Not all fees
at Hanauma go to
upkeep at the park
Hannemann is disappointedBy Harold Morse
with the revenue and
how it is used
People who attended last night's information meeting on Hanauma Bay were surprised and unhappy to learn that some revenue from fees at Hanauma Bay goes for uses other than improvements and maintenance at the park.
Roy Amemiya, director of the city Department of Budget and Finance, said the money collected from entry fees at the park goes into four categories -- maintenance and operations of Hanauma Bay Nature Preserve itself, educational expenses, a carrying-capacity study of the facility, and improvements at Hanauma Bay and other parks. The $3 entry fees for nonresidents and $1 parking fees brought in about $2.1 million in the fiscal year that ended in July, he said. But $400,000 goes to pay city debt service, leaving about $1.7 million, Amemiya said.
City Councilman Mufi Hannemann, vice chair, Council Parks Committee, said the revenue from the Hanauma fees is disappointing. "We're falling way short of what we anticipated we would take in," he said. Not only that, using the funds for city debt service and improvements to other parks was not the intent of the Council in creating the fees, Hannemann said. The intent was to have all of the revenue used at Hanauma Bay, not just the lion's share of it, he said.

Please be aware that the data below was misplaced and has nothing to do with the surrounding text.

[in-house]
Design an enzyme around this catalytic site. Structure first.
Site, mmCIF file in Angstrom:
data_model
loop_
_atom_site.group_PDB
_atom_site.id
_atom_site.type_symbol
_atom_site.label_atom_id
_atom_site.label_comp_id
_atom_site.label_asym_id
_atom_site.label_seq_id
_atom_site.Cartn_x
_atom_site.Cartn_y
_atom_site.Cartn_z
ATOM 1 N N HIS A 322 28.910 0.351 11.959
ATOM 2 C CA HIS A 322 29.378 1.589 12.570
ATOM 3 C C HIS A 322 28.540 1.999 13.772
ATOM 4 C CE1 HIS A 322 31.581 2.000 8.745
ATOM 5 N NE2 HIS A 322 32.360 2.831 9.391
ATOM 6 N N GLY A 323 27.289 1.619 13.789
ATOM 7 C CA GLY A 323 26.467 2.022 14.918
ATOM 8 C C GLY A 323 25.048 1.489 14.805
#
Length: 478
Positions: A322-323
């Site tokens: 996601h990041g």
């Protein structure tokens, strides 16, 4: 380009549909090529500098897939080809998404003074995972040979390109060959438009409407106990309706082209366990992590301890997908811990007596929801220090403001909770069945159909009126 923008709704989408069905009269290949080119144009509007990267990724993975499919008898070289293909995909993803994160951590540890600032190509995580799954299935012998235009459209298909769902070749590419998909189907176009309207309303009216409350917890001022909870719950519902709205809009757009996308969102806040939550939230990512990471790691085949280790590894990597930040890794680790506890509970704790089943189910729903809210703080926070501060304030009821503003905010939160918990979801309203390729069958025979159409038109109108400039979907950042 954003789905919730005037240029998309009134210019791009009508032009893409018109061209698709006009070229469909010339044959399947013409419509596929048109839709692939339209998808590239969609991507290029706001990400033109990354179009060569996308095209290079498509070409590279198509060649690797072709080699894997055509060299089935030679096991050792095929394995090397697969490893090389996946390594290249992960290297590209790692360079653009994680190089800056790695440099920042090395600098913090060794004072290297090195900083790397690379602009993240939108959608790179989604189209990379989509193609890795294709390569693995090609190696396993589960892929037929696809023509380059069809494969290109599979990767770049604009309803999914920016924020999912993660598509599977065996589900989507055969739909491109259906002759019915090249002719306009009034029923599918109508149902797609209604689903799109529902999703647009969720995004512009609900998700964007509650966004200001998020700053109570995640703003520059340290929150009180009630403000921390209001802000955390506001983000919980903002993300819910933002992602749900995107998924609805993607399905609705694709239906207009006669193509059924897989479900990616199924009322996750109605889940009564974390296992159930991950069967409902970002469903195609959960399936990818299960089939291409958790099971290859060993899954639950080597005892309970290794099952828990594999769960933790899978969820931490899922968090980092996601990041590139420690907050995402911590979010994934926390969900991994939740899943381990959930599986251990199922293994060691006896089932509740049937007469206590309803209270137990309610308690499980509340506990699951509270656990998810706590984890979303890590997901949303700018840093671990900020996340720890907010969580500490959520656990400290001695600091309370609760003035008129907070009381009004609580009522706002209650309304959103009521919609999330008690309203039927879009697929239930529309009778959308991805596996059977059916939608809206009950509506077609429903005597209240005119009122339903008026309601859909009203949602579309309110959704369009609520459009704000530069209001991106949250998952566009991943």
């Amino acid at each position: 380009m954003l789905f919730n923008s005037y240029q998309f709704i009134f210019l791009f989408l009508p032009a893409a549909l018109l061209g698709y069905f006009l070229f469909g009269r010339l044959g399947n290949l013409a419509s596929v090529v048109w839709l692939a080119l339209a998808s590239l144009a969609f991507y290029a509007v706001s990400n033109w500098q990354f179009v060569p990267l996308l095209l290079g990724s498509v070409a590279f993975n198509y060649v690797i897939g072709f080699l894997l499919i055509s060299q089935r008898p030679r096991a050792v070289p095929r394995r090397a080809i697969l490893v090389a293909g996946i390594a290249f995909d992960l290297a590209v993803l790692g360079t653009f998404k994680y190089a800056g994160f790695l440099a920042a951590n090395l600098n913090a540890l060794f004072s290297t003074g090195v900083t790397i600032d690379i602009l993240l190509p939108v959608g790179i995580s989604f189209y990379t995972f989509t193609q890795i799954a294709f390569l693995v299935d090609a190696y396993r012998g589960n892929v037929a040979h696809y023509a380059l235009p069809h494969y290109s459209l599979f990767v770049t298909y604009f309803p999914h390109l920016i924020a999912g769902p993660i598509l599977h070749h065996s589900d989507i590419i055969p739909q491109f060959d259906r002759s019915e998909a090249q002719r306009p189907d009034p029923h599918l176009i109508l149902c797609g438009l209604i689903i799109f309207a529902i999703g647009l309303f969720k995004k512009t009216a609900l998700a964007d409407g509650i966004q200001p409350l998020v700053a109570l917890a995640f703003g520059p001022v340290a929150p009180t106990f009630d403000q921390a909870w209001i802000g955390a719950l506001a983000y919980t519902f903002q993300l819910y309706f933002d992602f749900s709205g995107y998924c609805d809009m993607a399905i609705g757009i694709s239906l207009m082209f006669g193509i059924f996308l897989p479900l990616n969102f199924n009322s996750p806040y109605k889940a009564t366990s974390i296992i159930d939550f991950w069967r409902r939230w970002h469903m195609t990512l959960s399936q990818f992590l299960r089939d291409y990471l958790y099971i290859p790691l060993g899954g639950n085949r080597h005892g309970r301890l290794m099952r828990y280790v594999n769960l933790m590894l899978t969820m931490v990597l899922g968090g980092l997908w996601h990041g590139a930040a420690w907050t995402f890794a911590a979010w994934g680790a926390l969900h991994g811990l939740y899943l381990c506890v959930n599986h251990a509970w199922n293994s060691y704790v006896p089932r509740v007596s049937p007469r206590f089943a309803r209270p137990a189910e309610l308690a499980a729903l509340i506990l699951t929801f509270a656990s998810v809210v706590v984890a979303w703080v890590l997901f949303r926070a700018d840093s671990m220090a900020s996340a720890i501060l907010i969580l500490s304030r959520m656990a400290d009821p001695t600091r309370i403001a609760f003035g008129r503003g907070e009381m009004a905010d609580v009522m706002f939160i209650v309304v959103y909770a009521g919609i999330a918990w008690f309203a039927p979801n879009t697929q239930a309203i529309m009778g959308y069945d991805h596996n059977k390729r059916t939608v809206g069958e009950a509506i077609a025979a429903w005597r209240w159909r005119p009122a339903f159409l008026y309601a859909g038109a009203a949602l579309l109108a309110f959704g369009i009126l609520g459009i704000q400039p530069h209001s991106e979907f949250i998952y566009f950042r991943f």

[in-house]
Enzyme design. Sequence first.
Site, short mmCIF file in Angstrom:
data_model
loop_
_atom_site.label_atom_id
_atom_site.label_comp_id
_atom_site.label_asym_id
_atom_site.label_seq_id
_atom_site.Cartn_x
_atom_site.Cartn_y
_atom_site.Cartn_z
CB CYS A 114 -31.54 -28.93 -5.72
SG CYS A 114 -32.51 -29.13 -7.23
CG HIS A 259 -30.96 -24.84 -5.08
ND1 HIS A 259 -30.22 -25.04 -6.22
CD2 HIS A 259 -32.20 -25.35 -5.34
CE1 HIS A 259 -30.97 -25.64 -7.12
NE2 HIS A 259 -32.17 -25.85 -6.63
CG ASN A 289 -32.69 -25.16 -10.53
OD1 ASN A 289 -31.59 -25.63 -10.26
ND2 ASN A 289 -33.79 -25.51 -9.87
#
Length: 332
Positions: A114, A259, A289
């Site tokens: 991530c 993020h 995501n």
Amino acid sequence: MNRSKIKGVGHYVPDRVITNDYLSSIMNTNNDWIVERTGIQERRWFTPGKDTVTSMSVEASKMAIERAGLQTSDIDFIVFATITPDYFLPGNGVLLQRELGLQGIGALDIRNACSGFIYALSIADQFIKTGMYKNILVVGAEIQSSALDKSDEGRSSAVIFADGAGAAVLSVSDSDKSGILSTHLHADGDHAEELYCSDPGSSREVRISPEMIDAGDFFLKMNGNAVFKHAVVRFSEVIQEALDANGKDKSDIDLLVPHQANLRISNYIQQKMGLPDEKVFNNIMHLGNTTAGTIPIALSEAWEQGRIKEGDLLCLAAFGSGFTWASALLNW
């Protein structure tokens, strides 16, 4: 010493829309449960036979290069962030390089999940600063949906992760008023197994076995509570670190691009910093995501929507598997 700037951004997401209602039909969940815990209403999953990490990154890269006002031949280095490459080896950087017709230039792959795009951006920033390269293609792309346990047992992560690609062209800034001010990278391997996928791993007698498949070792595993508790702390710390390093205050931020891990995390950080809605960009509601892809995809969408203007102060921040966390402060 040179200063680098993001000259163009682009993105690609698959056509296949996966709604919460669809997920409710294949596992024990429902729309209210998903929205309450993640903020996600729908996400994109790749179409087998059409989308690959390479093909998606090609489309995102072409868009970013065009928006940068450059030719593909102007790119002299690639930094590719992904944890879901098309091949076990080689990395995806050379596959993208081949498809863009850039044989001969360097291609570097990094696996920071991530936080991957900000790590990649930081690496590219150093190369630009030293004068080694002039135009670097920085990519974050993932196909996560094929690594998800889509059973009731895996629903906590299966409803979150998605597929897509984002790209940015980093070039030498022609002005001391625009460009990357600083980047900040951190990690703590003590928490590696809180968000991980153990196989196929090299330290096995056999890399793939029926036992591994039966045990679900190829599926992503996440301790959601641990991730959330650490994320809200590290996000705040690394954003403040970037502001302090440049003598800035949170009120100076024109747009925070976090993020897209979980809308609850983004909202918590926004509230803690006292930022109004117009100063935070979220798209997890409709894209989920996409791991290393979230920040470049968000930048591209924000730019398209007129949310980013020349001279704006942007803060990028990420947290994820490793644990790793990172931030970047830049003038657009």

City Councilman John H. Felix, who called last night's meeting at Hahaione Elementary School, said it seems the Council and interested citizens need to revisit, reinvent, redesign and reconfigure the revenue-producing fees and their use. "I truly believe that we all have a common goal," said Felix, who chairs the Parks Committee. "We want to do what's best."
George Atta, chief community planner, and Steve Yuen, project design architect, Group 70 International, planning consultants for the regional park, gave a brief slide presentation on long-range plans for Hanauma.
Of the some 40 residents present, a few challenged the city's planning process. "That's nothing but smoke and mirrors," said David Matthews. Consultants listen to people and then go ahead and do exactly what they themselves want anyway, he said. "We want it to be the way we want it, not the way you want it," he said.